* Will fundamentally change our approach to communicating risk and
    benefit information to improve educational value while continuing to
    motivate people to overcome barriers to healthy behavior.

    -- Pfizer has submitted to the FDA for review a new consumer-friendly
    and consumer-tested print brief summary, the part of the print ad
    that extensively lists the risks of a medicine. Should the FDA
    approve this new version, Pfizer will use this new format in all its
    print advertising and on all of its product Web sites.

    -- Pfizer will fund research to find ways to further improve risk
    communication in DTC TV advertising. We will conduct this research
    with input from the FDA and third parties and will adjust Pfizer's
    communications based on the results.

    * Will provide use, risk and benefit information in all product TV and
    print prescription medicine advertisements. This means Pfizer will no
    longer create "Go ask your doctor about a medicine" TV and print
    advertisements that do not include the benefits and risks associated
    with the advertised medicine. In cases where a product is mentioned as
    part of a sponsorship package, such as "This event is brought to you
    by Brand X," risk and benefit information will not be included because
    these communications are about support for the sponsored entity, not
    the Pfizer product.

    3) To motivate people to overcome potential barriers to better health,
    starting immediately, Pfizer will:

    * Include information about the industry's "Partnership for Prescription
    Assistance (PPA)" in a new dedicated "Pfizer Helpful Answers" TV and
    print ad campaign. PPA offers a single point of access to more than
    275 public and private patient assistance programs, including more
    than 150 programs offered by pharmaceutical companies.

    * Air a dedicated, nationwide TV and print advertising campaign
    promoting "Pfizer Helpful Answers" to raise awareness among Americans
    without prescription coverage about Pfizer's patient assistance
    programs that provide savings on Pfizer medicines or Pfizer medicines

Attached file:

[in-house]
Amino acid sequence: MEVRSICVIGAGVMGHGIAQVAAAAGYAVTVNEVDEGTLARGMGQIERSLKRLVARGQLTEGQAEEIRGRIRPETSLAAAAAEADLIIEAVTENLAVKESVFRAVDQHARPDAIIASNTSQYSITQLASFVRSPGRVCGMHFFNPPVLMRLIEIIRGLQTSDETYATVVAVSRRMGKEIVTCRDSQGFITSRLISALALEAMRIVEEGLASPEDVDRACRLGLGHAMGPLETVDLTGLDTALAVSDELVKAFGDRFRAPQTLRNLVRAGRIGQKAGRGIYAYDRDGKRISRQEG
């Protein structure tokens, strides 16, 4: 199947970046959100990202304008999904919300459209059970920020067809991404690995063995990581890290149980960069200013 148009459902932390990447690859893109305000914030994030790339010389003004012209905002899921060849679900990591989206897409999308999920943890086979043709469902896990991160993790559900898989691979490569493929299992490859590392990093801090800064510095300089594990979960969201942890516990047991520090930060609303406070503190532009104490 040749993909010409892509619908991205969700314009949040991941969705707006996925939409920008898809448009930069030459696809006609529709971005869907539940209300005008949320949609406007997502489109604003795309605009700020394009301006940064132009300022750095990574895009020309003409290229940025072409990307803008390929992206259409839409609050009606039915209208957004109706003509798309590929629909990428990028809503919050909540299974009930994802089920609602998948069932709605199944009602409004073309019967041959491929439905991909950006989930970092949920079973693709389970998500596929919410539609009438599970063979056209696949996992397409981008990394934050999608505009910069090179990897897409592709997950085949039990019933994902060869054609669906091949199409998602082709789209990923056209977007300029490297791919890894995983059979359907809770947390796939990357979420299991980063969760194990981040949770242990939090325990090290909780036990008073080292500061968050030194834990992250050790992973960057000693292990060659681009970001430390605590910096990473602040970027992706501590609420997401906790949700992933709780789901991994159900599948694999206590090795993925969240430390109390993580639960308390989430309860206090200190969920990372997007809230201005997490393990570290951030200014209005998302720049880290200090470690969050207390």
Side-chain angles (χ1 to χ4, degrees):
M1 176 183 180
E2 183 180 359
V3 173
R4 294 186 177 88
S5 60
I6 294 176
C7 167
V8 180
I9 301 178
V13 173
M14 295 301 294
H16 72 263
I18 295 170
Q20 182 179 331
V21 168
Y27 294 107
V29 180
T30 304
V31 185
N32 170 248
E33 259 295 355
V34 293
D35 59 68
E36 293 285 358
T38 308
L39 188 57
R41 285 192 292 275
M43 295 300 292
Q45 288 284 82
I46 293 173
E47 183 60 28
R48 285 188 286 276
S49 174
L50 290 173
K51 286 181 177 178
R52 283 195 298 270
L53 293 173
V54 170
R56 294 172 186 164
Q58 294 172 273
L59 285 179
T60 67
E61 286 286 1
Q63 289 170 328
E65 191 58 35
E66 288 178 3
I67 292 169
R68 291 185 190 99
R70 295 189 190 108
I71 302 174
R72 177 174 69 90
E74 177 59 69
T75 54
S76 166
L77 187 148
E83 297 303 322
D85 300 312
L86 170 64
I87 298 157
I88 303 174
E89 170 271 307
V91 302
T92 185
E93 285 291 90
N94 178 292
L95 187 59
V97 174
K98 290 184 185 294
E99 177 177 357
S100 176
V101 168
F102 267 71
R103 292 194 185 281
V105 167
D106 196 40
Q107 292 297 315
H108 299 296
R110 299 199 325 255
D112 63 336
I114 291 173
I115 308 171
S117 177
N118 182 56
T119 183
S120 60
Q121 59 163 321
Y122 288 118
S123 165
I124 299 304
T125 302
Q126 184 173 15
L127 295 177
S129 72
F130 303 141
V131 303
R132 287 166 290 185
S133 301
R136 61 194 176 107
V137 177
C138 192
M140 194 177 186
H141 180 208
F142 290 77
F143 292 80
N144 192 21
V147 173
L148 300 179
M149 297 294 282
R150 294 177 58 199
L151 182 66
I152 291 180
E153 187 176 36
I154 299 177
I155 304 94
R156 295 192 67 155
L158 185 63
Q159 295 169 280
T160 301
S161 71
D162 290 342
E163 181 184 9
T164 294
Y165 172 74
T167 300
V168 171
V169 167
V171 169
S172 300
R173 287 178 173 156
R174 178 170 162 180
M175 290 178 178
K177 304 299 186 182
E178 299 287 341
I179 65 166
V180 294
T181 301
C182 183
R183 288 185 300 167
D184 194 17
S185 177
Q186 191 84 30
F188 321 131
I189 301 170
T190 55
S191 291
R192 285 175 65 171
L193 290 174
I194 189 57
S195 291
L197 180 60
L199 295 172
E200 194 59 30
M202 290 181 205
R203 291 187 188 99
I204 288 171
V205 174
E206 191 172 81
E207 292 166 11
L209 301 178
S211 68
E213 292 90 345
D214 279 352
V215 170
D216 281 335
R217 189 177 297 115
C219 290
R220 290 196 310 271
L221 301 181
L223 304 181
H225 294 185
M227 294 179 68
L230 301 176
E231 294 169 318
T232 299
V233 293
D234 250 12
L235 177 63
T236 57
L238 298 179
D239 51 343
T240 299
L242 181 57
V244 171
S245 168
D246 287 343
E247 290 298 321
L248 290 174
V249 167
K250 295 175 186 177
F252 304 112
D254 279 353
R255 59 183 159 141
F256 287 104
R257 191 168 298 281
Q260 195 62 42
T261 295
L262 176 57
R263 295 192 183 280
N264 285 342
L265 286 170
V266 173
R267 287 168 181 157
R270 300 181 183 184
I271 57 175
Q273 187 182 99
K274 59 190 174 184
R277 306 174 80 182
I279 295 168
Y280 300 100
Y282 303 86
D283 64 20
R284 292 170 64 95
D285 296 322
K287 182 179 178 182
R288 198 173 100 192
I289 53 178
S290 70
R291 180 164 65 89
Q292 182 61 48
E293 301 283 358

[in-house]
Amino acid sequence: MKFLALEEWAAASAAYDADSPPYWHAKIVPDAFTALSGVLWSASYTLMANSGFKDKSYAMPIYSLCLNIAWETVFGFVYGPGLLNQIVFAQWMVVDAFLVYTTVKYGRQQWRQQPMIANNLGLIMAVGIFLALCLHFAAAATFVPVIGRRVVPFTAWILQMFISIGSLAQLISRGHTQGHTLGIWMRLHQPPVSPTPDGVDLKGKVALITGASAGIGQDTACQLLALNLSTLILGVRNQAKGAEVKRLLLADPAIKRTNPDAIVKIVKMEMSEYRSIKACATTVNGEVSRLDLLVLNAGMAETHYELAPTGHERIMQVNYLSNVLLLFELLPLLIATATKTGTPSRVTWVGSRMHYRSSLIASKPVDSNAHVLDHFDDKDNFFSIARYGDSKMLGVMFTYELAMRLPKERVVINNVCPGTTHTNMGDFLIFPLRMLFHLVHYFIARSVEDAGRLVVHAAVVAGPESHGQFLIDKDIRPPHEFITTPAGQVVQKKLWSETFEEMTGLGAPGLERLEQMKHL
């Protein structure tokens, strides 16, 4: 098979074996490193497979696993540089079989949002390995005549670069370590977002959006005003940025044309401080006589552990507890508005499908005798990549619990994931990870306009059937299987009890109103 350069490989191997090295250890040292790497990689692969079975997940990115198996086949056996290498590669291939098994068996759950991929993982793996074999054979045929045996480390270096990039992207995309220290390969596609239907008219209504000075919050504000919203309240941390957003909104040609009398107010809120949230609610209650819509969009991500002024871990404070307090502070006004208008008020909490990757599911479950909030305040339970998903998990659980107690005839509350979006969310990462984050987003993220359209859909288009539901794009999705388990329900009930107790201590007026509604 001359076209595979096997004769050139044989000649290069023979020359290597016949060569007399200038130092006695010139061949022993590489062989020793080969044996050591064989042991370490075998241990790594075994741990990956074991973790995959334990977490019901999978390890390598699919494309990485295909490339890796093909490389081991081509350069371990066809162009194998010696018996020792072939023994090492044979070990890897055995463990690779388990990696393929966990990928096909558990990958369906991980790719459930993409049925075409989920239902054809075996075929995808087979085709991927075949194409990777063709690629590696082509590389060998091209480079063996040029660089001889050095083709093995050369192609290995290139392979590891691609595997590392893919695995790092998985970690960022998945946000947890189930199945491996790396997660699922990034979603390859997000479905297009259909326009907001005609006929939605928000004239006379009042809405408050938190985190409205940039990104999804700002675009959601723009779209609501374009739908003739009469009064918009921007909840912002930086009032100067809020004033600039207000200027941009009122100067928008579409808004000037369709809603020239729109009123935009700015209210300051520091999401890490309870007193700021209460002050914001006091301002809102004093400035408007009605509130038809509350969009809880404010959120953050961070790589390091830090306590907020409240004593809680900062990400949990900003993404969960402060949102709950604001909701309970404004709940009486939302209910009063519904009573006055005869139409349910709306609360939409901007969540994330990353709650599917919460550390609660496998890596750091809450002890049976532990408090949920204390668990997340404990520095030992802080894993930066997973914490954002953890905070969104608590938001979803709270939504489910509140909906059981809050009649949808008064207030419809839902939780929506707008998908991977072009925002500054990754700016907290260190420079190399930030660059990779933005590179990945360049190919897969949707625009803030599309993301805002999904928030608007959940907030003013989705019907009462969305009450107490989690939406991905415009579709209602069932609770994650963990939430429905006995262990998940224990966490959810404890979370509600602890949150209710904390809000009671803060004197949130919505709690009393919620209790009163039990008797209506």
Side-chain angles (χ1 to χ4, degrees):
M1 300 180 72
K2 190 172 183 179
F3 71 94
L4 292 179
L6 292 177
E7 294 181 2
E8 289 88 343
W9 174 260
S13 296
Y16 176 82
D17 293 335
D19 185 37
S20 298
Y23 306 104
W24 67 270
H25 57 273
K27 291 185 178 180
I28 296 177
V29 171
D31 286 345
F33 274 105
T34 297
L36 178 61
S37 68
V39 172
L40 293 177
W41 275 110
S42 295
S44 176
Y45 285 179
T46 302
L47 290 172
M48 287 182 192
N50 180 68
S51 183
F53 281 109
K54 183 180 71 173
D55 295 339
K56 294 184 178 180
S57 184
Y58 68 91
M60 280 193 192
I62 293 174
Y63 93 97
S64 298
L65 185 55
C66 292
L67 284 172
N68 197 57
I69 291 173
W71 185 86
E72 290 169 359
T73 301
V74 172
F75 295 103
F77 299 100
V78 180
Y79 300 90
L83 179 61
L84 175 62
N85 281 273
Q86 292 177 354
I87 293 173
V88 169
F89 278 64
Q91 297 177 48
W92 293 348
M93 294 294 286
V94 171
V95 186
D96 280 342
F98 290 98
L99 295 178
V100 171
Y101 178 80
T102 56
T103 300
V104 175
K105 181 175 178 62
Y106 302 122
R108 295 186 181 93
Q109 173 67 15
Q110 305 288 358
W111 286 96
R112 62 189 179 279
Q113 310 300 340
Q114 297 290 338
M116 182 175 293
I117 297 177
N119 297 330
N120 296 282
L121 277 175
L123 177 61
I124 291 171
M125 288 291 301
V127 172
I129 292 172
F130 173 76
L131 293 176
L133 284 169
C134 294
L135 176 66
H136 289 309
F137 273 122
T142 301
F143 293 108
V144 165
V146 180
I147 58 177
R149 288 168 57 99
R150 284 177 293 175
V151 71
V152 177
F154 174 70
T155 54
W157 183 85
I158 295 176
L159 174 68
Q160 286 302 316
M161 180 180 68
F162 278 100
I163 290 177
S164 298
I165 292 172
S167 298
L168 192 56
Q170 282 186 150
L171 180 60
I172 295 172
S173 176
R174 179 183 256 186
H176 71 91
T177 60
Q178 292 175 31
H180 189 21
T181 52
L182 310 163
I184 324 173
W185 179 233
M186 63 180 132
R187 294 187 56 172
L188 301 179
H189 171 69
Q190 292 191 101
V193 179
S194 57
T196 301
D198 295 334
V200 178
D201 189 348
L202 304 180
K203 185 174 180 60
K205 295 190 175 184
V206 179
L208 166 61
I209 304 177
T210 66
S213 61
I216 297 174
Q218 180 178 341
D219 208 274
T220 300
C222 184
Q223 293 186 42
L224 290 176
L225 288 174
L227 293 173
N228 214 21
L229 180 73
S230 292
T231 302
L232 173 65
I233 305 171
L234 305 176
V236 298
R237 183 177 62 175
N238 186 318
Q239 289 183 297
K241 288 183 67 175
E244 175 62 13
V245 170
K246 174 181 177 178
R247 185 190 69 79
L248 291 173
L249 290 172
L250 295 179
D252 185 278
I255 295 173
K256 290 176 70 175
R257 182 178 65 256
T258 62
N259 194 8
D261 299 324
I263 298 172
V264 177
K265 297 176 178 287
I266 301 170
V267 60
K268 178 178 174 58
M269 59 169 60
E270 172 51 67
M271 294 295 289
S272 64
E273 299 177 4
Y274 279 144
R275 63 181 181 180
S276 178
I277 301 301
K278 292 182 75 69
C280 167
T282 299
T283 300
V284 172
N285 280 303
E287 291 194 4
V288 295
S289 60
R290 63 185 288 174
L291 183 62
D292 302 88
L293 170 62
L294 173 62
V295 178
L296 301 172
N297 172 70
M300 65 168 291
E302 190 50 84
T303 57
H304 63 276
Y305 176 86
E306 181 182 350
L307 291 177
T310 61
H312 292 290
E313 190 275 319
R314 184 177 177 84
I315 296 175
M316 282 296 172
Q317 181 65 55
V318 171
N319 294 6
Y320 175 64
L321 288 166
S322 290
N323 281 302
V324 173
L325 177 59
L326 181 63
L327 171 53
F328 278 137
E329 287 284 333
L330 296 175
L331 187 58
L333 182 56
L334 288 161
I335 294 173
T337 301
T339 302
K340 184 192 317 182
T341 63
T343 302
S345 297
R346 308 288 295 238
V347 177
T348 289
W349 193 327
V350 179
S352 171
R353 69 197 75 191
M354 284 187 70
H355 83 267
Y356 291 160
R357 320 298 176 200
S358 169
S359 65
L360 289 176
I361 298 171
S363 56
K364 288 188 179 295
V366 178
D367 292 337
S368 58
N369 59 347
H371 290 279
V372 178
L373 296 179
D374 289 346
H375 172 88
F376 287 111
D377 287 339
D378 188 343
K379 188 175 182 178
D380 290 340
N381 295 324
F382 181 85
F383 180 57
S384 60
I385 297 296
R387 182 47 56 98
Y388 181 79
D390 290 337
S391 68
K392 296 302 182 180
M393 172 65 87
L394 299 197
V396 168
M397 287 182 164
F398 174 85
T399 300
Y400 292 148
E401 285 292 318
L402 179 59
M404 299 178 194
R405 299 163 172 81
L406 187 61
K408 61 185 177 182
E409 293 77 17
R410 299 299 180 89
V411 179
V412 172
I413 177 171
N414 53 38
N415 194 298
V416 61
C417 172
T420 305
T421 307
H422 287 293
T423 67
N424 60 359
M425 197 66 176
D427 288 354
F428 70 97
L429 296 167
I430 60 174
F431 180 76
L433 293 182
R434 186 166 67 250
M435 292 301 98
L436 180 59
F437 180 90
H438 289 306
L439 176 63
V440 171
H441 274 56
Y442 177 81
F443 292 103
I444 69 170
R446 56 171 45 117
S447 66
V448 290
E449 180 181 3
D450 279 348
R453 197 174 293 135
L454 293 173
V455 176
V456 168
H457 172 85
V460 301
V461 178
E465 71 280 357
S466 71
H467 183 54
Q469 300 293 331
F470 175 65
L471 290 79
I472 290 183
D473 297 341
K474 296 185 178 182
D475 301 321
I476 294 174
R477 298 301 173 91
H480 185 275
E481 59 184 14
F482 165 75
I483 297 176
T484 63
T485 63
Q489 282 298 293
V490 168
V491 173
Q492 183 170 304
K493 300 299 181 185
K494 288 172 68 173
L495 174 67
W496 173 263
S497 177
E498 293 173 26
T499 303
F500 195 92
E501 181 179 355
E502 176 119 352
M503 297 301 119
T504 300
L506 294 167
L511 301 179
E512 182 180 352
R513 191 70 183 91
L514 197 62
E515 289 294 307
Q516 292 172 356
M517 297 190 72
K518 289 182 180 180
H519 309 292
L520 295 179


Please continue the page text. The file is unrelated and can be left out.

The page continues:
for free, depending on income.

    * Include "Pfizer Helpful Answers" contact information in all Pfizer
    product print ads and Web sites.

    * Educate doctors, other healthcare providers and their office staff on
    Pfizer patient assistance programs.

    In 2006, Pfizer will invest a meaningful amount -- on par with what it
    spends on a branded advertisement campaign -- to:

    * Create more disease awareness with advertisements that do not mention
    a product, such as the recent "Why Live With Depression" campaign that
    featured actress Lorraine Bracco.

    * Address other important public health issues such as health literacy,
    compliance or improving the patient/physician relationship through
    additional non-product advertising.

    * Continue our dedicated advertising campaign and efforts to promote
    "Pfizer Helpful Answers."

    In addition to the three areas of change, Pfizer also commits to:

    * Submit to the FDA for review all new DTC TV ad campaigns, and those
    that have major changes, for comment in advance of airing.

    * Review the placement of our current advertising to ensure that it will
    be targeted to avoid audiences that are not age appropriate. For
    erectile dysfunction ads, this means that all TV ads will be aired
    during programs that have more than 90 percent adult viewer-ship.

    * Clearly indicate in all product TV and print ads that the medicine is
    a prescription medicine.

    Pfizer Inc
    Pfizer Inc is committed to helping people improve their health by
    discovering and developing medicines, as well as informing consumers and
    health care providers about our medicines and the medical conditions they
    treat. Through multiple initiatives, Pfizer aims to ensure access to
    treatments and educate, empower and motivate consumers to take the necessary
    steps to lead longer, healthier, happier lives. For more information about
    Pfizer's patient assistance programs, visit
    http://www.pfizerhelpfulanswers.com.
    For information about PhRMA's "Guiding Principles" on direct-to-consumer
    advertising, visit http://www.phrma.org.


    SOURCE Pfizer Inc

    ReplyDelete
  3. Anonymous2:32 PM

    ON the VIva Viagra TV ad..this ad was on the 6PM NBC news the other night (Friday I believe). I though these type of Rx were not to advertise until appropriate times such as after 9 or 10 PM? I was with my 4 year old daughter when I heard the words such as erection!!

    ReplyDelete
  4. Pfizer has pledged to run these ads ONLY on shows that have a 90% or higher adult audience, regardless of the time of day or the fact that Nightly news shows many have millions of kids under the age of 18 watching!

    ReplyDelete